Thailand is considering legislation aimed at criminalizing torture and other human rights abuses.
A draft law, to be presented to the National Legislative Assembly, hands down a range of sanctions, including prison sentences of up to 20 years to state officials convicted of committing torture, 30 year in prison if the torture leads to serious injury and life in prison if the victim dies.
The draft legislation accepted by the government has passed review by the Council of State.
Thailand has faced widespread criticism over human rights legislation and protection. A United Nations committee on enforced disappearances says little has been achieved concerning judicial accountability in cases of enforced disappearance.
The U.N.’s Working Group on Enforced or Involuntary Disappearances has recorded 82 cases of enforced disappearances in Thailand since 1980.
The judiciary has consistently failed to address cases of enforced disappearance, said National Human Rights Commissioner Angkhana Neelapaichit, whose husband, Muslim human rights lawyer, Somchai Neelapaichit, disappeared in March 2004.
“Over the last 12 years we heard a lot of cases of enforced disappearance in Thailand. But not even one case that can go through the court. Most of the victims’ families are scared and they do not want to speak [out],” Angkhana said.
“Somchai used to tell me that there’s a lot of cases of people in the South [of Thailand] that were abducted and disappeared. But we cannot do anything. He said we cannot do anything because they have no evidence,” she said.
In 2014, ethnic Karen activist Porlachee “Billy” Rakchongcharoen, investigating illegal timber trade in forests overseen by the National Parks, disappeared after encountering a senior national parks officer.
The officer said Billy had been released. But the senior parks official is under investigation over the activist’s disappearance, with a case being overseen by the Office of Public Sector Anti-Corruption Commission.
Billy’s wife, Pinnipa Preuksapan, called for an end to enforced disappearances by state officials as efforts to locate her husband had failed to uncover his whereabouts.
“I would like to ask the government and also the relevant agencies, please stop the cases of disappearance,” Pinnipa said through a translator.
Human Rights Watch’s deputy Asia director, Phil Robertson, said the cases of Somchai Neelapaichit and “Billy” Rakchongcharoen, highlight fears held by rights activists in facing powerful individuals in Thai society.
"The greatest fear of activists like lawyer Somchai and Karen community defender Billy is that an influential elite decides that they had enough and make the call to have them disappeared,” Robertson said in emailed comments to VOA.
“The fact that it is so easy to do is a chilling indicator of the failure of the rule of law where senior Thai government and security officials are involved," he said.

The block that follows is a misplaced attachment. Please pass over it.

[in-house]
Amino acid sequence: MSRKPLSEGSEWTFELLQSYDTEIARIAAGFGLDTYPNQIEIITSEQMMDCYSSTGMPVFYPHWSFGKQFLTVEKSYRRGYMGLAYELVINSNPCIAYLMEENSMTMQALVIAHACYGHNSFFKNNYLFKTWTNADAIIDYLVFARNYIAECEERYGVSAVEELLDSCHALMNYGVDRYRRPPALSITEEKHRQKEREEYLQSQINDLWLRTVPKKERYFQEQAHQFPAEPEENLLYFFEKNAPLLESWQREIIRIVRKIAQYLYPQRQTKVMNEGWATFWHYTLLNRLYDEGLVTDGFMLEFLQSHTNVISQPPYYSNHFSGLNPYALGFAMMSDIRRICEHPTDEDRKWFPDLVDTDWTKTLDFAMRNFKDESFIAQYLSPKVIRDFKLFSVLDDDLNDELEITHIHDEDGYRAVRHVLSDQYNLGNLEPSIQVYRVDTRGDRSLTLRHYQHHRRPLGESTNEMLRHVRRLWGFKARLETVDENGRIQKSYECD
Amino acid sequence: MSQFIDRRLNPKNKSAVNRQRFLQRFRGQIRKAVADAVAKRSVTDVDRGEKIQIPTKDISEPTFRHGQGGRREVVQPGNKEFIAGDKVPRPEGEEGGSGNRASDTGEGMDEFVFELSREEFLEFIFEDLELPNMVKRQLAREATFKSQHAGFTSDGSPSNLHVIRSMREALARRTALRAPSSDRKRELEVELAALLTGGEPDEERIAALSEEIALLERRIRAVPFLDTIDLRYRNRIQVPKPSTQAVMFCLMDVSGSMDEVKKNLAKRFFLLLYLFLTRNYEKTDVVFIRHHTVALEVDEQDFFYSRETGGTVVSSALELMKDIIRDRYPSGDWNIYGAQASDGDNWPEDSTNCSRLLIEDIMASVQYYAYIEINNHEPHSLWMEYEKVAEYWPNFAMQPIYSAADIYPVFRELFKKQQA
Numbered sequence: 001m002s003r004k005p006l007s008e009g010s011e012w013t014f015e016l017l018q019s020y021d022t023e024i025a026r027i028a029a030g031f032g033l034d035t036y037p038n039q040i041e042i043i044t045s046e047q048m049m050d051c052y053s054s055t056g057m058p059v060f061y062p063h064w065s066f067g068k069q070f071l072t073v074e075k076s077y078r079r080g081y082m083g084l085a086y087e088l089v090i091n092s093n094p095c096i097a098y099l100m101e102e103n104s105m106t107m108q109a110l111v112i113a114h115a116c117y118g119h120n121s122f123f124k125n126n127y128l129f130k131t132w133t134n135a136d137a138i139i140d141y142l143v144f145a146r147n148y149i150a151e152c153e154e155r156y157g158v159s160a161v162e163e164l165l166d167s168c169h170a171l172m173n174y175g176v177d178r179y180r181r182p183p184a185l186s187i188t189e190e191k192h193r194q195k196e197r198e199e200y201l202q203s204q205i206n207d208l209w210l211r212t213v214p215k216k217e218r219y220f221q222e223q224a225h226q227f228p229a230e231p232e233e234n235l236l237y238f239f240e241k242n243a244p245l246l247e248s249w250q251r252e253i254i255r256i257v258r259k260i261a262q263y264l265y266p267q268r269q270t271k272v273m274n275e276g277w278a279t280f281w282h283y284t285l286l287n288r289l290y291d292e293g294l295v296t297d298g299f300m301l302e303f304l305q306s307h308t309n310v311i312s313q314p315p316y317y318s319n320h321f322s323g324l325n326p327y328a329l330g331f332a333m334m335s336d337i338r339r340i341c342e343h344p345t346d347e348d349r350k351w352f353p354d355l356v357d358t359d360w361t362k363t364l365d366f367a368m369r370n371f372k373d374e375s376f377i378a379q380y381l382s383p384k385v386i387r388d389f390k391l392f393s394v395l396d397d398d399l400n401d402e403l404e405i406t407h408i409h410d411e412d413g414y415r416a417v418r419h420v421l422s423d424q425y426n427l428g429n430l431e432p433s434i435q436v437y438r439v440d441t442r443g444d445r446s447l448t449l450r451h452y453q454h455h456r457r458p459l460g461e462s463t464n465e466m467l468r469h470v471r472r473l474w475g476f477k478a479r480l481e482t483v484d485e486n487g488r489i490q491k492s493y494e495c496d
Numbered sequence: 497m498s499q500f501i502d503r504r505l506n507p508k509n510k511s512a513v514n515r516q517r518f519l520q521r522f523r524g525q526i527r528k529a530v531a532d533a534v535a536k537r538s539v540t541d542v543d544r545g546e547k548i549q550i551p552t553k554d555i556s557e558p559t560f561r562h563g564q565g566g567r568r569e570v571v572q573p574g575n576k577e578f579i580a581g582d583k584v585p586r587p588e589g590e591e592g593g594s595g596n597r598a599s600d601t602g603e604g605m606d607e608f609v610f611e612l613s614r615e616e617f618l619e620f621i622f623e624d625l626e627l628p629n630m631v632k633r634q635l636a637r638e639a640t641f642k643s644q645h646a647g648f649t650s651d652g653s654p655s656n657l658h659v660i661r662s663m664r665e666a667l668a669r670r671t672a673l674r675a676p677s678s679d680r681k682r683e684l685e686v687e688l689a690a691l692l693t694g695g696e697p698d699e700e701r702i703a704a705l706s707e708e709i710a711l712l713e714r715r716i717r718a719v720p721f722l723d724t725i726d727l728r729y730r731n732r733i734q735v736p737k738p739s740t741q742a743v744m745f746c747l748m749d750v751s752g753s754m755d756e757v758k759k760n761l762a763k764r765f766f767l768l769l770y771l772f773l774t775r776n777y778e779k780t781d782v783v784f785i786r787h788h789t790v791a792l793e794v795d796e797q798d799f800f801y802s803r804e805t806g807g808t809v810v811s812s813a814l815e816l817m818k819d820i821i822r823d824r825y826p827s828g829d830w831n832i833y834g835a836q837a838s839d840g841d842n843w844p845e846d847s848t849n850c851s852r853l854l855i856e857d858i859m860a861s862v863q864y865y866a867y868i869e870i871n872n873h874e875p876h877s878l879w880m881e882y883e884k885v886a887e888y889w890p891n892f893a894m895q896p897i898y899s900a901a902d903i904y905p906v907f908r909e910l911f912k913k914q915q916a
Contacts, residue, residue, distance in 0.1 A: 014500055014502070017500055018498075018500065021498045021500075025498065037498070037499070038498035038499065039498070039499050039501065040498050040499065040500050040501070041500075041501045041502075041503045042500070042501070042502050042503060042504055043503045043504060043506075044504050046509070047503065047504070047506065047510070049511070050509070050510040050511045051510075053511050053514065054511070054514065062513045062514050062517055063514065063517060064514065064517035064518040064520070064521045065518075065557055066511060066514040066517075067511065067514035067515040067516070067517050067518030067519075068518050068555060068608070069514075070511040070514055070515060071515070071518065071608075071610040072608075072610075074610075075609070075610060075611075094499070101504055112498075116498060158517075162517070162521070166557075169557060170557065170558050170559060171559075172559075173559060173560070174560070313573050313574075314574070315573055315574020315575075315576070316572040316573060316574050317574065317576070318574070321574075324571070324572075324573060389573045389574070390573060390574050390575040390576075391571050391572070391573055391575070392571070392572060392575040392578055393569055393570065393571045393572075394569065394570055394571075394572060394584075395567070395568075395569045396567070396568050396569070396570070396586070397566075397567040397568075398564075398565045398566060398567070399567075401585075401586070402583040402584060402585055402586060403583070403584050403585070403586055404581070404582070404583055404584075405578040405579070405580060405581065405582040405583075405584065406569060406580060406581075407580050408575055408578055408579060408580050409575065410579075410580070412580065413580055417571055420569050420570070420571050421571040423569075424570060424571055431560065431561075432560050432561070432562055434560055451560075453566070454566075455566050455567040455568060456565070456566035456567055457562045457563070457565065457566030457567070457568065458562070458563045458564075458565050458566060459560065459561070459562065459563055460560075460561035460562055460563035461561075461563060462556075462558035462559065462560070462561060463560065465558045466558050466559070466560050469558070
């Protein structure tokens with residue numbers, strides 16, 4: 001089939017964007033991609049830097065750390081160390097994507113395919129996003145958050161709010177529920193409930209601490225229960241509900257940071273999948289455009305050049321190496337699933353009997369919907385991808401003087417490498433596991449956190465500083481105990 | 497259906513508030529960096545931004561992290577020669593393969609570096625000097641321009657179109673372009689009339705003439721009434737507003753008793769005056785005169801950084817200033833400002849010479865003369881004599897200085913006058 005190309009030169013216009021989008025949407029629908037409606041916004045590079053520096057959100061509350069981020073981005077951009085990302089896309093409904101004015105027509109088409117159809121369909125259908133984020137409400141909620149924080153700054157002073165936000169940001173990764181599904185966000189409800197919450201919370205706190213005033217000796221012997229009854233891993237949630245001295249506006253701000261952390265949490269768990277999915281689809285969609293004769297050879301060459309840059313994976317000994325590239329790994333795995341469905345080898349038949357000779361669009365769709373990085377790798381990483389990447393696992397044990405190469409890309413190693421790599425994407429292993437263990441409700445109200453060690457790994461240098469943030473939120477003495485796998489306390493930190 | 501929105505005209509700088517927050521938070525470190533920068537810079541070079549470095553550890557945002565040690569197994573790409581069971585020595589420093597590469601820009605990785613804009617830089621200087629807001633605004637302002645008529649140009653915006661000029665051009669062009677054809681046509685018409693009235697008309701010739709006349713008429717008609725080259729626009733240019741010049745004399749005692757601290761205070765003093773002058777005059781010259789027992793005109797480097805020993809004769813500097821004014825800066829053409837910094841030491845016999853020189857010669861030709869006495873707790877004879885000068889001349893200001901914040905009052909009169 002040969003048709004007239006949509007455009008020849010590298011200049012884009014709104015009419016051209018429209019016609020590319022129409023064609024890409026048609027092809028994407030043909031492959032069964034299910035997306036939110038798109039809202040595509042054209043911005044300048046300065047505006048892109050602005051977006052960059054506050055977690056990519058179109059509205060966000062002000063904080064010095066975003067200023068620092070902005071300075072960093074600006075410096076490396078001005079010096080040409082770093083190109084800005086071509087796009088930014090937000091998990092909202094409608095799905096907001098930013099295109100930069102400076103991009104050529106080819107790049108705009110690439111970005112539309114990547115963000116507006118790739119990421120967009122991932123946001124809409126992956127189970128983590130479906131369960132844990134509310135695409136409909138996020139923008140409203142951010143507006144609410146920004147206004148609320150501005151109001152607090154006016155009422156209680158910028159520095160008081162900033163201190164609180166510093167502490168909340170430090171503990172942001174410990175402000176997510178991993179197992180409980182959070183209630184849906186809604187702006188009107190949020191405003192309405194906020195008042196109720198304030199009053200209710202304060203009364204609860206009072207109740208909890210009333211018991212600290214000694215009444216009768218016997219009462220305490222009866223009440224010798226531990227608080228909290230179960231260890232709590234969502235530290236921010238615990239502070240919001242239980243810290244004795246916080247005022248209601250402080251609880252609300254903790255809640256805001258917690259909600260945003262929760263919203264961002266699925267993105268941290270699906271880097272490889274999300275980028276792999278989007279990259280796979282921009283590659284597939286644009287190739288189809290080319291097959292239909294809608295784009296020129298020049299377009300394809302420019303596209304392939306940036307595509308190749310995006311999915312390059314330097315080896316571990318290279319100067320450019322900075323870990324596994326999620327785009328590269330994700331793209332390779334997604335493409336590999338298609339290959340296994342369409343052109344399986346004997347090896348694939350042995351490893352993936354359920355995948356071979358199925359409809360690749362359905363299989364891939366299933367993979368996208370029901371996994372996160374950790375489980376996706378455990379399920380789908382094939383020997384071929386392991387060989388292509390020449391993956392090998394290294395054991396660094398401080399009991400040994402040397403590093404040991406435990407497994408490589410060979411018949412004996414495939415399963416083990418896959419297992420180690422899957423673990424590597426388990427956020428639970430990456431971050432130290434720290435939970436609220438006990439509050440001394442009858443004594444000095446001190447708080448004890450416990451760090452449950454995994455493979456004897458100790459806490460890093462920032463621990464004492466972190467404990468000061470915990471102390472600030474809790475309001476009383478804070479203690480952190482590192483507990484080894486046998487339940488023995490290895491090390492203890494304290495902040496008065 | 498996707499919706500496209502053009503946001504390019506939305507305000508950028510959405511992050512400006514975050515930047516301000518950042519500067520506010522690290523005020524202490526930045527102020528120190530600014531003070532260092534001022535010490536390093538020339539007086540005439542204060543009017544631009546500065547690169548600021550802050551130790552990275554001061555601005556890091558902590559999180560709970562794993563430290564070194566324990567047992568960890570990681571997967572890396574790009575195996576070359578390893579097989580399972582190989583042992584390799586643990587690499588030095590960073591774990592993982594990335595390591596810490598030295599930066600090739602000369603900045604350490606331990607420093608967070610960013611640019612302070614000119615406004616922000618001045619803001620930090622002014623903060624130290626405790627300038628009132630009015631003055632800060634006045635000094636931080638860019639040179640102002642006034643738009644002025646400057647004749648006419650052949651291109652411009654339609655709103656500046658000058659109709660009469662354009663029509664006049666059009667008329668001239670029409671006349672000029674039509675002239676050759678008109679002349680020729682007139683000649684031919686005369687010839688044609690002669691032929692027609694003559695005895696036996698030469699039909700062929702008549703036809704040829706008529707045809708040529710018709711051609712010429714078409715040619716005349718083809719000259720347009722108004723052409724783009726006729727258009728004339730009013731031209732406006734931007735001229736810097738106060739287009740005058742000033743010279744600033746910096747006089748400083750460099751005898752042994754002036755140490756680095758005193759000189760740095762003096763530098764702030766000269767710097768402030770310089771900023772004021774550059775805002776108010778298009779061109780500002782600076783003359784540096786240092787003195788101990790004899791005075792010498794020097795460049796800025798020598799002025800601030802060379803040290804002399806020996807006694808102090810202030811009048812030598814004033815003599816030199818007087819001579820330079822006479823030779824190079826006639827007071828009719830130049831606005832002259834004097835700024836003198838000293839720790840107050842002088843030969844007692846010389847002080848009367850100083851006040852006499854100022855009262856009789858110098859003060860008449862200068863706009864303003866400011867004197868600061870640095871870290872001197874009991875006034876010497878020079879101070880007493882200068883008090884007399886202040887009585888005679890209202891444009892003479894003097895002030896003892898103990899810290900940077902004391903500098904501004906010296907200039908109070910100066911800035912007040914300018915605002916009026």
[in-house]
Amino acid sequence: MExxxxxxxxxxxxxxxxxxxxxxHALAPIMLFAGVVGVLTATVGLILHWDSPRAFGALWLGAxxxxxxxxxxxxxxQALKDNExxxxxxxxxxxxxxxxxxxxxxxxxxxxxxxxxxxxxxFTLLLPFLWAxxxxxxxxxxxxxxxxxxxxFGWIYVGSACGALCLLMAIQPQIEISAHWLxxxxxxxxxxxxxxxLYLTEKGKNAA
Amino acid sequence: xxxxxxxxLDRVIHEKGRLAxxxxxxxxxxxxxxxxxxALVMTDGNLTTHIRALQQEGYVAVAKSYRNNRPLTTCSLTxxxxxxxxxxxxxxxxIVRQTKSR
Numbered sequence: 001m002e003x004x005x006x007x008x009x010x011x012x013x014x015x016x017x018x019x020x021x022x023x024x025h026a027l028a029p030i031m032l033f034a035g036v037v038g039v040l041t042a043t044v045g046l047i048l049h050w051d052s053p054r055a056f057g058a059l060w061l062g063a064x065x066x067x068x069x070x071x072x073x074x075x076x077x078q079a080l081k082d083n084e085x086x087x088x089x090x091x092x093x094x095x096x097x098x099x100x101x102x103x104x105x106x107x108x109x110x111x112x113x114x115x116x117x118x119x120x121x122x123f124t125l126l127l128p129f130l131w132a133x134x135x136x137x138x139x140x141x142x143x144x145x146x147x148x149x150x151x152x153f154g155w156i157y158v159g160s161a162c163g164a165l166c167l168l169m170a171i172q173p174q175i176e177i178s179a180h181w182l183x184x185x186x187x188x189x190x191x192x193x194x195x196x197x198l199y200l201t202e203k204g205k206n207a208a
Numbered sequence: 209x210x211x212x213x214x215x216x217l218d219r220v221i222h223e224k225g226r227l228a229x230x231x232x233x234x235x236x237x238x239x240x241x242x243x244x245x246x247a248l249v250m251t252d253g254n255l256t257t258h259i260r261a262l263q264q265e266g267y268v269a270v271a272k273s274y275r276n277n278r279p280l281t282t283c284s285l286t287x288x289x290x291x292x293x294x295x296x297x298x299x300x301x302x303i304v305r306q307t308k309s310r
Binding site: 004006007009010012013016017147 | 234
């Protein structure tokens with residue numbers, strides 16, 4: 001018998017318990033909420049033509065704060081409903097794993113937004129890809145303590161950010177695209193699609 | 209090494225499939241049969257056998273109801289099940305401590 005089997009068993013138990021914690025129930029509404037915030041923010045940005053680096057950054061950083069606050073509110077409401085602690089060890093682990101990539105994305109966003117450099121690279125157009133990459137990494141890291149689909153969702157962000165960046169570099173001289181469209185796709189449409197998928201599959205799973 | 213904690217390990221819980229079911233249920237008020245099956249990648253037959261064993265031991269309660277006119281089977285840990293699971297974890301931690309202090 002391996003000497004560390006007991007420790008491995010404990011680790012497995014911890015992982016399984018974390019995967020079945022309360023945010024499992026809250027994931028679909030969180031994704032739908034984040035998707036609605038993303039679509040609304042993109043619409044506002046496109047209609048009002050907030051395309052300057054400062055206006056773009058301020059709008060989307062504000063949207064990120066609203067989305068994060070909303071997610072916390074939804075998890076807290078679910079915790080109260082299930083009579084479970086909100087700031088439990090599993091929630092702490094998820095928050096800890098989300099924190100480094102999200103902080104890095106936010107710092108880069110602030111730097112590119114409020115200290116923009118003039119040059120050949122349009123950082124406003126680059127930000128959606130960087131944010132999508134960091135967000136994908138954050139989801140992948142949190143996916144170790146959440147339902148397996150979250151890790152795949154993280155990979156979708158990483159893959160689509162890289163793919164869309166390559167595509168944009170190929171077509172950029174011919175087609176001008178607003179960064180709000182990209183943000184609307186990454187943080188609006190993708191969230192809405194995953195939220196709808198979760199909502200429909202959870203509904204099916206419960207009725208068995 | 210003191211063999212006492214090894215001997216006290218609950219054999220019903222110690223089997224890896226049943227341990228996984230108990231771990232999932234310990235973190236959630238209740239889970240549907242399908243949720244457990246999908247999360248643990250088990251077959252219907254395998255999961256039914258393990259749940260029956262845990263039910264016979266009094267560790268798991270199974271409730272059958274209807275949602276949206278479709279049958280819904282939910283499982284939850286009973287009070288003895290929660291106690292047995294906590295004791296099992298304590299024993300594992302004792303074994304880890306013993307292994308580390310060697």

He said a key issue is a “pervasive culture of impunity in Thailand” that shields members of the rich and powerful ruling elite from laws others are compelled to obey.
But rights advocate and author Benjamin Zawacki said overcoming the climate of impunity is a major challenge in Thailand.
“In some ways Thai culture itself – long before the word impunity came into vogue in the human rights community in relation to human rights violations – it is simply a culture that by its nature does not hold people to account,” Zawacki said.
And despite government endorsement of the legislation, Thailand remains highly sensitive to criticism by rights advocates on the issue of alleged torture by security forces.
In September, the human rights group Amnesty International was prevented from releasing a report in Bangkok detailing torture “and other ill treatment” by police or security forces, in investigations against suspected insurgents, or government opponents.
The military sued several Thai rights advocates over reporting on rights abuses.
Charges of criminal defamation and computer related violations have been filed against several advocates.
Pornpen Khongkachonkiet, chair of Amnesty International in Thailand, along with Anchana Heemina and rights defender Somchai Homlaor, face charges after the release of a report detailing 54 cases of alleged torture by security forces in the Southern border provinces of Thailand. They face jail terms of up to seven years if convicted.
Thailand’s new legislation on enforced disappearance and torture, once enacted comes a decade after Thailand Ratified the U.N.’s Convention against Torture and other Cruel, Inhuman or Degrading Treatment or Punishment in 2007.